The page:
Developing Perseverance at Benchmark School
In helping our students to become confident and strategic thinkers, learners, and problem solvers, there are many strategies, conceptual frameworks, and personal characteristics we help students develop. While all of these components are important, perseverance is unquestionably among the most critical to students’ future success. One of the most consistent comments we hear from our alumni is that they have been successful in school and life because Benchmark School taught them to approach tasks strategically and persevere in the face of adversity.
Given that our methods of developing perseverance are based on the research literature related to persistence, resilience, motivation, self-regulation, and expertise, it is not surprising that our instruction is strikingly consistent with Angela Duckworth’s (2016) research on grit and the rest of the research-based ideas presented earlier. For example:
- From the time students enter Benchmark School, we begin to discuss the importance of underlying beliefs. We develop a growth mindset and promote optimism through the application of a variation of the ABC (Adversity, Beliefs, Consequences) model promoted in the work of Ellis, Beck, & Seligman.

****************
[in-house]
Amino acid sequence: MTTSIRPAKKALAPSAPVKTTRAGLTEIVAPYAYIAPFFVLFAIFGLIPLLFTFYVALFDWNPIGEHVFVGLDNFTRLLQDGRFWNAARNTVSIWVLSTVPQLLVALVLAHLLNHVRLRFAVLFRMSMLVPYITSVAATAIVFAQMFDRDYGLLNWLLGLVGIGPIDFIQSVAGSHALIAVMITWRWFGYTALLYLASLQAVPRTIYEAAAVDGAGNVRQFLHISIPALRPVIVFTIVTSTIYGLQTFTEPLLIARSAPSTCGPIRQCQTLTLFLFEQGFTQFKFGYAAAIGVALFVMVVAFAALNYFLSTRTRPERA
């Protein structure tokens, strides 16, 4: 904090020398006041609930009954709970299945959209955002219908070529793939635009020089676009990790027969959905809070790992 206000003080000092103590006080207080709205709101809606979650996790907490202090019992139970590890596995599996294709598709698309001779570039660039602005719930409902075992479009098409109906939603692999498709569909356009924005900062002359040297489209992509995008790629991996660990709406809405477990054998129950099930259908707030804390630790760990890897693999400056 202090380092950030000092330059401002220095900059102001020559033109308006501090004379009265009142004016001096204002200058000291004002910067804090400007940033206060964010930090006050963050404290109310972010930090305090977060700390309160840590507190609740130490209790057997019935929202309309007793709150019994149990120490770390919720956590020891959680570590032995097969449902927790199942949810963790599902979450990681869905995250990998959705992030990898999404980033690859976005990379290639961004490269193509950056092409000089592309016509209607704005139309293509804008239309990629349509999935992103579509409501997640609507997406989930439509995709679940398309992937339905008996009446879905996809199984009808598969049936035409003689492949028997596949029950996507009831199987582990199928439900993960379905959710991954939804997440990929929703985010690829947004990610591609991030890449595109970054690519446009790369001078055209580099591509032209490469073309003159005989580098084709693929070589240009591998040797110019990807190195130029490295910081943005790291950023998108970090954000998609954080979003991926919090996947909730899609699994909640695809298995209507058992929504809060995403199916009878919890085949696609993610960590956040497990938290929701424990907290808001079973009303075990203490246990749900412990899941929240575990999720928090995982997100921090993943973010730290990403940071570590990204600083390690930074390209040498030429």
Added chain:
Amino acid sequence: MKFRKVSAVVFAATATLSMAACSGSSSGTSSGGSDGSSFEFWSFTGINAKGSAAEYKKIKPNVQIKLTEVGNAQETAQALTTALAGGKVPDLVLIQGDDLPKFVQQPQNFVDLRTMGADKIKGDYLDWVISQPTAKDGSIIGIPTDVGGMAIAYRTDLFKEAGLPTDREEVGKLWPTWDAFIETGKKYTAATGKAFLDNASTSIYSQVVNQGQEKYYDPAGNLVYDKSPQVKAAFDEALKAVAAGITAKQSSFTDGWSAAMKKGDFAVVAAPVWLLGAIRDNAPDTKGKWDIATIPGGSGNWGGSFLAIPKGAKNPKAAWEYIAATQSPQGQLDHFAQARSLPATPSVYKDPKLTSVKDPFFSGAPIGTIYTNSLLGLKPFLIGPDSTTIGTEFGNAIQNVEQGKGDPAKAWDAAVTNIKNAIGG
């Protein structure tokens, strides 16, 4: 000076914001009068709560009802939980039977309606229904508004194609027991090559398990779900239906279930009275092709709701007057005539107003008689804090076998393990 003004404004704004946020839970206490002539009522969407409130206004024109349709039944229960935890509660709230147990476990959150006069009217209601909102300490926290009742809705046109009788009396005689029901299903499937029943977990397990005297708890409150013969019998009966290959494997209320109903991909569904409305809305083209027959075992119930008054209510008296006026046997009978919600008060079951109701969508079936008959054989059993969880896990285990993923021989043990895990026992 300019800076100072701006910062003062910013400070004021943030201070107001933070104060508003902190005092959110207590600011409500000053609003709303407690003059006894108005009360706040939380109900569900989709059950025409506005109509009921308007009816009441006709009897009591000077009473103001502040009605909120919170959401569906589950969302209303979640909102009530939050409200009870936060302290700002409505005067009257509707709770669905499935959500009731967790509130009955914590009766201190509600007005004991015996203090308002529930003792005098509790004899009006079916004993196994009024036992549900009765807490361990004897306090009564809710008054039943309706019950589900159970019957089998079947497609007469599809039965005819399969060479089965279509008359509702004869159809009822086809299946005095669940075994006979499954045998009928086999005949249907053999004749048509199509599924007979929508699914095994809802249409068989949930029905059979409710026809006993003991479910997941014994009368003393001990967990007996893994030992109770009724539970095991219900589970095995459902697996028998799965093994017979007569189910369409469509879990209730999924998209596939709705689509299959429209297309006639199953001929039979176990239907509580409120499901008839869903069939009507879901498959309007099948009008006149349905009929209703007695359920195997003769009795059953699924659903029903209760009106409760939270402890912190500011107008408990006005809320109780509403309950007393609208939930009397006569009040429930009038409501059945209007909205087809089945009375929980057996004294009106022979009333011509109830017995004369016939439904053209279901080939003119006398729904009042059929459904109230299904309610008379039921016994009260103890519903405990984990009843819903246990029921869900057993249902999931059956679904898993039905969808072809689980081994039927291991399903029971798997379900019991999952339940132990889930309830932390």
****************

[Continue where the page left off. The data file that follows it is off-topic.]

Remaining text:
- We consistently work with students to reinforce the importance of serving a purpose beyond themselves, and we support students on their journeys toward the realization of their own “whys.”
- We engage students in a variation of deliberate practice. We systematically identify areas of challenge for students (moving toward students identifying their own areas of challenge), establish stretch goals, work toward students applying their full attention, provide specific and immediate feedback, and engage students in repeated practice with continual reflection and refinement on the way to mastery before repeating the process with new goals.
- Our teachers serve as supportive coaches who hold high standards for all of our students. With a teacher-student ratio of 1:3, our students receive a tremendous amount of individual guidance tailored to each student’s specific needs. As students enter our middle school, they are assigned a particular teacher to be their mentor throughout their middle school years. The mentors become trusted advocates and personal guides with a deep commitment to their mentees’ development.